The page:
US 1682594 A
Description (OCR text may contain errors)
Aug. 28, 1928. 1,682,594
F. J. BENJAMIN CARTON Filed Jan. 2, 1925 INVENTOR 72mg Kw BY. M I
ATTORNEY Patented Aug. 28, 1928.
UNITED STATES FREDERICK J. BENJAMIN, OF WILMETTE, ILLINOIS.
Application filed January 2.1925. Serial No. 127.
' of such commodities to put such goods in cartons attractive to the eye, not only to allure the purchaser but with the expectation that the cart-on may be preserved and put to other uses by the purchaser, and by being thus preserved to serve as an advertisement constantly reminding the purchaser of the manufacturers goods.
Many such manufacturers so design their carton as to suggest a subsequent use therefor and even permit such probable subsequent use to largely control the design of the carton such as by makin said cartons in the simulation of cottages, oahs arks, trunks and other forms attractive to children as toys. This method is successful in making said cartons attractive but is open to the objection that the package is usually expensive compared with ordinary cartons for the same class of goods and in addition the modifications necessary in the carton make it less practical for packing and shipping than ordinary cartons Another method of making such cartons attractive is to lithograph or print thereon delineations of toys, such as dolls, animals, game boards or pieces of doll furniture, to be cut from the carton and'put together after the goods are removed. This, while successful in creating a desire for the carton, is objectionable in that in putting the carton to such subsequent use, the identity of the carton is destroyed and the advertising value of having the carton a familiar object in the household of the purchaser is lost.
An object of my invention, therefore, is to provide a carton adapted for an attractive subsequent use in which the outer appearance of the carton is not very materially changed, thus permitting its identity to be preserved.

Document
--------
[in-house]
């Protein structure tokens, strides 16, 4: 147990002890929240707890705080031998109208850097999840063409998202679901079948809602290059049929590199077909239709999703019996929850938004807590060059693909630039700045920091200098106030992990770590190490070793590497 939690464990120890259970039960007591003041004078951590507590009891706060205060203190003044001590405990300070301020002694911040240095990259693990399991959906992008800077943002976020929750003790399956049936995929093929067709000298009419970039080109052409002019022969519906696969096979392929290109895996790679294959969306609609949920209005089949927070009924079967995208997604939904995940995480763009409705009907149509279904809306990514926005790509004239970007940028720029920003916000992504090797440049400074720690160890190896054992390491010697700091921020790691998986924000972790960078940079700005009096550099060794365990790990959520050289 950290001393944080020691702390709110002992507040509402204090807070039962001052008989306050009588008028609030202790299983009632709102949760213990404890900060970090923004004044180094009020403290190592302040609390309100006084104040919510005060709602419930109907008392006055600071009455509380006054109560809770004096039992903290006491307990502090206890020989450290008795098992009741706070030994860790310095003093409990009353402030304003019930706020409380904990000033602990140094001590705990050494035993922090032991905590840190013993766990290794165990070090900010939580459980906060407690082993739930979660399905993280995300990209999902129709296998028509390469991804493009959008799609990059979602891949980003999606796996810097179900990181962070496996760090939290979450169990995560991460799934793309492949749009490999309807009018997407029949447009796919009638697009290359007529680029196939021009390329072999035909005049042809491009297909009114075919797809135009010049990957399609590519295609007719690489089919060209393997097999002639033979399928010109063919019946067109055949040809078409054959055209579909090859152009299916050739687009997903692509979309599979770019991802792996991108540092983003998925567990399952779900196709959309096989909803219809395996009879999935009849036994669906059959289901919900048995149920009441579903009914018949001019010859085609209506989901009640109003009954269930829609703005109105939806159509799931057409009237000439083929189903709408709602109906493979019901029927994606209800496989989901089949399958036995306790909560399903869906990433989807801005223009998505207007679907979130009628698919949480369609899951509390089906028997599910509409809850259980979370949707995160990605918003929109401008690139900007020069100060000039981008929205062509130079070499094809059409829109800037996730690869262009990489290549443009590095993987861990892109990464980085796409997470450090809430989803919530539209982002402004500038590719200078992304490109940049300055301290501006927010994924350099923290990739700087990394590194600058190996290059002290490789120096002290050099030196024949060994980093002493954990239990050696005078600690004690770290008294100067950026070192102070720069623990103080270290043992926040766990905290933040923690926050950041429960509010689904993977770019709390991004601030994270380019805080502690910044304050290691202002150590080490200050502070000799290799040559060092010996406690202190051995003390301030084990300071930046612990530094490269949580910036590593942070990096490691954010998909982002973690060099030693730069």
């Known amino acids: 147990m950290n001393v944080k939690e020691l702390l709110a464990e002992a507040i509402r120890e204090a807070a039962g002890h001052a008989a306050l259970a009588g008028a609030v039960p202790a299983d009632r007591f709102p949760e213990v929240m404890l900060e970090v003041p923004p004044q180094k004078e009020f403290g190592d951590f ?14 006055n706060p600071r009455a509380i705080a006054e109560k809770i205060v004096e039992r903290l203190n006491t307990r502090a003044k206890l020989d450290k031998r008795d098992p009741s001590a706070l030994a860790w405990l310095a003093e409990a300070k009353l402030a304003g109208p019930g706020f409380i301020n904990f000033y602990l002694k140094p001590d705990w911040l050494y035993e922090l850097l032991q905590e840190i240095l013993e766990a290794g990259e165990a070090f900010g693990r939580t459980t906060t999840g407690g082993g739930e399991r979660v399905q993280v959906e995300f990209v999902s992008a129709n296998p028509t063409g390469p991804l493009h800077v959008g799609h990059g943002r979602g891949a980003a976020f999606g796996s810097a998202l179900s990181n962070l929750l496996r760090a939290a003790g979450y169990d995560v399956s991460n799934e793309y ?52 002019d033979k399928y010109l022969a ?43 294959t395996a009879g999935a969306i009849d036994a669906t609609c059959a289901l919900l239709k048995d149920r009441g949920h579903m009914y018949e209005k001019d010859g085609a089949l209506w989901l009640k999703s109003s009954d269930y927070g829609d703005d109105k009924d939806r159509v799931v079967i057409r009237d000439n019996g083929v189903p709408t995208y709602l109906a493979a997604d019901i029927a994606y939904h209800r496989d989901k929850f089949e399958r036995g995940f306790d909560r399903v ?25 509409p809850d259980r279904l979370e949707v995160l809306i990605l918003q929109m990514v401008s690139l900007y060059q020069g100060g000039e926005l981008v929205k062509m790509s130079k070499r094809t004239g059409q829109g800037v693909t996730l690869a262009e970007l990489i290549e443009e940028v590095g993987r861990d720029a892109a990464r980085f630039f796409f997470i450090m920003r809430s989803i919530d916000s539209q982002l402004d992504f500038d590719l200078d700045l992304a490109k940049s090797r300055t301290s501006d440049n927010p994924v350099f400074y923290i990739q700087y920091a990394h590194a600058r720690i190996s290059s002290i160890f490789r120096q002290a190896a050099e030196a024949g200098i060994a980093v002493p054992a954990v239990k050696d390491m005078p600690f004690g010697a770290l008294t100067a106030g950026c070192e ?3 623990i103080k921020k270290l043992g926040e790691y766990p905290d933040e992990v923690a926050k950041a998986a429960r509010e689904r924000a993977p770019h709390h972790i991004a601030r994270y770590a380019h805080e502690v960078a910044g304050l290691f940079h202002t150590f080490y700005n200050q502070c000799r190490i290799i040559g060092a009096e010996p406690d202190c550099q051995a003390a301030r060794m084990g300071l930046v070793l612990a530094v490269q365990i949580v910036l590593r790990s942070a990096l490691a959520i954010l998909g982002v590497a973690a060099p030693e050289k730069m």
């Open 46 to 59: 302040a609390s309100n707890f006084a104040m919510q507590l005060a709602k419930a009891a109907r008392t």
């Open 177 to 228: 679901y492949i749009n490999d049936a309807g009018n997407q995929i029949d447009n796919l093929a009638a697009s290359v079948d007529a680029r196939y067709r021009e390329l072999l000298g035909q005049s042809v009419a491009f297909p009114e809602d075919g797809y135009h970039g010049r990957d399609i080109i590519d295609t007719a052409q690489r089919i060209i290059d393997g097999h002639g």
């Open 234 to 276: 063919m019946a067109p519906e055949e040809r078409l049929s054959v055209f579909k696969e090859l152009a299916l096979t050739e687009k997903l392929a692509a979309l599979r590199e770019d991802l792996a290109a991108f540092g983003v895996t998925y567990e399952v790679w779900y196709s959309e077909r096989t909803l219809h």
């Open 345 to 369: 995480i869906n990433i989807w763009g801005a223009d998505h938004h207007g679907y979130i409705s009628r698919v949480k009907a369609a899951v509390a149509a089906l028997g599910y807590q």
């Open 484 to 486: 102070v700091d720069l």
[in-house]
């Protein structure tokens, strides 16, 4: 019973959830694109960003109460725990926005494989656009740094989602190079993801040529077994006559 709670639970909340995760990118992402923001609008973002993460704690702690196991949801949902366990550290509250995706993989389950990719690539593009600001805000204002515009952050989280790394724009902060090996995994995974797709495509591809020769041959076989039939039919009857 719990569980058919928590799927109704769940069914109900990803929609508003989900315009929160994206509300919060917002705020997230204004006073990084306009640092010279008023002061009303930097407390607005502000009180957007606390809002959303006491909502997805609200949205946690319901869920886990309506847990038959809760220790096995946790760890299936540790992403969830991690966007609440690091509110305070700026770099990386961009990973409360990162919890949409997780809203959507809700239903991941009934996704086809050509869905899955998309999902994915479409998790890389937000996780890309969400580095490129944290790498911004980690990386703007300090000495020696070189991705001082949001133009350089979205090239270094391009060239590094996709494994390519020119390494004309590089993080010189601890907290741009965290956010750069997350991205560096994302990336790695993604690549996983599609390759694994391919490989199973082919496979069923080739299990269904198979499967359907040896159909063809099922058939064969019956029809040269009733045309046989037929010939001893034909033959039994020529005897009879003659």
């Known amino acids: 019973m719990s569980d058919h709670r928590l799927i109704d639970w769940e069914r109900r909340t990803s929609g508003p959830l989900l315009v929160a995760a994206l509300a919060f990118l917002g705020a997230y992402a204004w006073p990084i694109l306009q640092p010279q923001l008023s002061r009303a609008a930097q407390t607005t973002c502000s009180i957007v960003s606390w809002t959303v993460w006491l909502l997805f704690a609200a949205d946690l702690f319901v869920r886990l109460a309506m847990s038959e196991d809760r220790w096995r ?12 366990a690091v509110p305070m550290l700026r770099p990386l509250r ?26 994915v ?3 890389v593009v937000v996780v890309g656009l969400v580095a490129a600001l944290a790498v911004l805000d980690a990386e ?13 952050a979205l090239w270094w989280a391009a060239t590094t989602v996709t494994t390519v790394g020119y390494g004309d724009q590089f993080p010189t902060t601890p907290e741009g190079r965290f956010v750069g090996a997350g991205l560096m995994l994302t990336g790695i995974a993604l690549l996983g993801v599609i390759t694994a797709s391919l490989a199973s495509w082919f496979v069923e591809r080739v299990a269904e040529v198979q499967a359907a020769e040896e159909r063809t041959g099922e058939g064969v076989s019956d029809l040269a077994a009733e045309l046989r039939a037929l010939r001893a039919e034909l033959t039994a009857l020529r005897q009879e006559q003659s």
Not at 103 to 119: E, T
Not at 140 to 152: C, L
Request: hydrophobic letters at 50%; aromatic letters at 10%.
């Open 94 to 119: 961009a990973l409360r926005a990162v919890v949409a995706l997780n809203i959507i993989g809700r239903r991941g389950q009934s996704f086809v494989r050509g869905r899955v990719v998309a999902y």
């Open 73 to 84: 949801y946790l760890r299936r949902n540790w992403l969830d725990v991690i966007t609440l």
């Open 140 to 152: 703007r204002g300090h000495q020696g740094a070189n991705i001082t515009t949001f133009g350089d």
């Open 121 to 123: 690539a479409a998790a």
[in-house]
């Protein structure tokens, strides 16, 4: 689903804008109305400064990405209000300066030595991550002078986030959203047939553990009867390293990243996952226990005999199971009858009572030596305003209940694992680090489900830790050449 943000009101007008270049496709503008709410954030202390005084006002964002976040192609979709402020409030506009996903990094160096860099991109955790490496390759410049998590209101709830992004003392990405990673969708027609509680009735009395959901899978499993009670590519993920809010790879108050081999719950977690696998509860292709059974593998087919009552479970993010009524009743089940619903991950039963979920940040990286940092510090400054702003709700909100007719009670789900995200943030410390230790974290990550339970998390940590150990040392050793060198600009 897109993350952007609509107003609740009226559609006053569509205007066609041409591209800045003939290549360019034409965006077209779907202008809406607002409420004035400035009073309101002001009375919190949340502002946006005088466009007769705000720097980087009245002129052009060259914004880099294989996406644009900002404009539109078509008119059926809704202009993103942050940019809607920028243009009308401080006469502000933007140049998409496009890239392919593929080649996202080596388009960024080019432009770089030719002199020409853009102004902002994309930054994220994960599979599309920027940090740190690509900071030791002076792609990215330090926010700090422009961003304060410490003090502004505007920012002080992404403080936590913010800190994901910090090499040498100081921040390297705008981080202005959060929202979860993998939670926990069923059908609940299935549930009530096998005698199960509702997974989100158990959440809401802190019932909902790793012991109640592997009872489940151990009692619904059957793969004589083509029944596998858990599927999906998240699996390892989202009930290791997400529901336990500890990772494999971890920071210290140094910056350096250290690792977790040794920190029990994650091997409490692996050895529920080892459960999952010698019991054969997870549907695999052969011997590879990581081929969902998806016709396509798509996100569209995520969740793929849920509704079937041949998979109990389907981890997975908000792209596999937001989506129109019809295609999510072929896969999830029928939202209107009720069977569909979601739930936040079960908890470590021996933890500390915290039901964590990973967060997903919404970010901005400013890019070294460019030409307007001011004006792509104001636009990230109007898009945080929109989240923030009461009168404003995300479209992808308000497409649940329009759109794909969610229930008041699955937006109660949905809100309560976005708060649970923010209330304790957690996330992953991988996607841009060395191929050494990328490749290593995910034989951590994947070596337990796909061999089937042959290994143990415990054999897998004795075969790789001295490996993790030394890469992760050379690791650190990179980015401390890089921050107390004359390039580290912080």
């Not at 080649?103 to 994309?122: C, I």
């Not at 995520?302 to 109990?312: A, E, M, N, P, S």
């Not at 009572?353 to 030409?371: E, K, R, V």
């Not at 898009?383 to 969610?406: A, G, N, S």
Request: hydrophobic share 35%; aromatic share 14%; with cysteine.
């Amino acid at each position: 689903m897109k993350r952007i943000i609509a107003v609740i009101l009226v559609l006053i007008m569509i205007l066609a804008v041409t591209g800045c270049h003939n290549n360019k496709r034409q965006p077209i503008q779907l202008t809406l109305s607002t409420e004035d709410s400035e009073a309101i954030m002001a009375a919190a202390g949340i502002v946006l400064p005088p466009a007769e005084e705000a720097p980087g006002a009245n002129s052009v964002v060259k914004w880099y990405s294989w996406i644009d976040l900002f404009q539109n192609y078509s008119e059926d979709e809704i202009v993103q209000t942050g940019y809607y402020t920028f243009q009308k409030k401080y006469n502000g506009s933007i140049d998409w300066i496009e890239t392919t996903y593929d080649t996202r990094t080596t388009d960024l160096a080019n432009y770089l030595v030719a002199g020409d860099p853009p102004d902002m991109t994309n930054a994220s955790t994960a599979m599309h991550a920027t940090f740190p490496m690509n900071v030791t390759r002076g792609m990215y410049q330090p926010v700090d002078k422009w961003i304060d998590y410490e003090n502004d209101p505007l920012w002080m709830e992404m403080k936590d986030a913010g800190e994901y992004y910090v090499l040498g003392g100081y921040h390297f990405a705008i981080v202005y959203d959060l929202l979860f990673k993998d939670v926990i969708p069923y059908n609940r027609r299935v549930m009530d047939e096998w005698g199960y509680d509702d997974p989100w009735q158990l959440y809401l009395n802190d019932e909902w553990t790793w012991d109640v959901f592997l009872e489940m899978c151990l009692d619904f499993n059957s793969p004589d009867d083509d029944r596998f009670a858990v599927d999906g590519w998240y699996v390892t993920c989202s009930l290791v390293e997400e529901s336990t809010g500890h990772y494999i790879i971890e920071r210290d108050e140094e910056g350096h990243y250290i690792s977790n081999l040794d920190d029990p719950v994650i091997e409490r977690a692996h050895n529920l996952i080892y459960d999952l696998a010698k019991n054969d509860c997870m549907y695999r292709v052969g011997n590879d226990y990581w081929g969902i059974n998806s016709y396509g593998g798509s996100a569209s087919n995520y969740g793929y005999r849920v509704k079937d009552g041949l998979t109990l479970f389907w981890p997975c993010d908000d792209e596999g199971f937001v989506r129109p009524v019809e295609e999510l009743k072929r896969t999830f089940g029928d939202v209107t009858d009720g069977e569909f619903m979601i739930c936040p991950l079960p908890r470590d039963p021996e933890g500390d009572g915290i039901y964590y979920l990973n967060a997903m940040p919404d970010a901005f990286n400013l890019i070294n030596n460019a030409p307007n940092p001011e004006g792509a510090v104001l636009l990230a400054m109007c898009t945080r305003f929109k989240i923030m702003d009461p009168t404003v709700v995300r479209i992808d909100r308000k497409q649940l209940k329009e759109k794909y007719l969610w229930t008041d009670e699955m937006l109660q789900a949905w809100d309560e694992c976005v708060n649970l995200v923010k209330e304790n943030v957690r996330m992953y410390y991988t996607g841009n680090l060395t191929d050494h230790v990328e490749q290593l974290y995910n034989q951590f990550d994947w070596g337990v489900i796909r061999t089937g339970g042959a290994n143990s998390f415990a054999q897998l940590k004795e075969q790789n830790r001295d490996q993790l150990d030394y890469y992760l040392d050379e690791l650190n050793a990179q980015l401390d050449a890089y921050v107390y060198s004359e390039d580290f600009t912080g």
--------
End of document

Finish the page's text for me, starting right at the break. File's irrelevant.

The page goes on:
A further object of my invention is to provide a carton of conventional contour, preferably rectangular, which will require no special arrangements for packing, filling, storing-or shipping.
A, further object of my inven i n is to provide a carton with means adaptin it for a subsequent attractive use which wi 1 not ma terially add to the cost or reduce the capac- 1ty of the carton. 1
A further object of my invention is to prov1de a carton in which the means for adaptmg 1 t to a subsequent attractive use do not require printing or lithographing the inner surface of the carton which is very objectionable where absorptive goods such as butter and the like are to be packed in the. carton.
A further object of my invention is to provlde a substantially conventionalcarton WhlCh by simple manipulations may be converted lnto a picture exhibiting toy.
A further object of my inventlon is to provide a substantially conventional carton whlch slmple manipulation may be converted into a toy, exhibiting pictures related to the goods packed in the carton.
My invention is capable of various embodiments, one of which for purposes of illustration I will now describe.
In the drawings:
Flgure 1 is'a perspective view of the outside of the carton when used as a container.
Figure 2 is a perspective view of the outside of the carton when used as a picture exhibiting toy.
Figure 3 is a perspective view of the blank from which the carton is produced, showing the side of the blank which forms the outer surface of the carton.
F1gure 4 is a fragmentary perspective yiew of the blank from which the carton 1s produced showing the side which forms the mner surface of the carton, portions of the blank being partially severed from the general surface and bent angularly thereto.
Figure 5 is a section on line 5--5 of Figure 1.
of Figtion in a manner familiar to manufacturers of folding paper boxes and which need not be here further described.
The back 7 may consistof two superimposed layers 11 and 12 for a purpose hereinafter described.
Referring now to Figure 3 and particularly to the base section 3, 13 and 14 indicate indicia, such as printed lines indicating severing lines by which pictured sections of the blank 15 and 16 may be partially severed therefrom. 17 and 18 indicate fold lines for said picture sections. Referring to the front sections, 6, 19, 19 19" and 19' indicate severing lines. Referring to the top section, 2, 20, 20, 20" indicate severing lines and 21, a fold line. Layer 12 of the back section 7 may have pictorial delineations lithographed or otherwise produced thereon. It will be noted that when the blank is severed at 13 and 14, the cut-out portions form pictures partly in silhouette which silhouette pictures may be supplemented by color and delineations upon the surface of the cut-out portions.